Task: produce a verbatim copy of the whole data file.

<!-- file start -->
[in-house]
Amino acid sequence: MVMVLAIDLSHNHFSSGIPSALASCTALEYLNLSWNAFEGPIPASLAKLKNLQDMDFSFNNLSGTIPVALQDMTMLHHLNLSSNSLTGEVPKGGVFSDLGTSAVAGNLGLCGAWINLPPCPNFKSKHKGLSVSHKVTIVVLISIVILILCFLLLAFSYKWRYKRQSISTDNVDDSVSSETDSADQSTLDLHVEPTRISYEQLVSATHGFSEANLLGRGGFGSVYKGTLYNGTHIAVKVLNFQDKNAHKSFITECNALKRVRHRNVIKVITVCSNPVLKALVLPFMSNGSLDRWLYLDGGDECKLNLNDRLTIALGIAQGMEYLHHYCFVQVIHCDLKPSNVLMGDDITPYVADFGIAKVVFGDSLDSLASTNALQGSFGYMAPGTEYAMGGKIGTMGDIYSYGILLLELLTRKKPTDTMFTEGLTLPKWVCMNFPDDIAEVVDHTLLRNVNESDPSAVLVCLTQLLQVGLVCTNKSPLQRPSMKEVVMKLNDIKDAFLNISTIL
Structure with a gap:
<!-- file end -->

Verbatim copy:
[in-house]
Amino acid sequence: MVMVLAIDLSHNHFSSGIPSALASCTALEYLNLSWNAFEGPIPASLAKLKNLQDMDFSFNNLSGTIPVALQDMTMLHHLNLSSNSLTGEVPKGGVFSDLGTSAVAGNLGLCGAWINLPPCPNFKSKHKGLSVSHKVTIVVLISIVILILCFLLLAFSYKWRYKRQSISTDNVDDSVSSETDSADQSTLDLHVEPTRISYEQLVSATHGFSEANLLGRGGFGSVYKGTLYNGTHIAVKVLNFQDKNAHKSFITECNALKRVRHRNVIKVITVCSNPVLKALVLPFMSNGSLDRWLYLDGGDECKLNLNDRLTIALGIAQGMEYLHHYCFVQVIHCDLKPSNVLMGDDITPYVADFGIAKVVFGDSLDSLASTNALQGSFGYMAPGTEYAMGGKIGTMGDIYSYGILLLELLTRKKPTDTMFTEGLTLPKWVCMNFPDDIAEVVDHTLLRNVNESDPSAVLVCLTQLLQVGLVCTNKSPLQRPSMKEVVMKLNDIKDAFLNISTIL
Structure with a gap: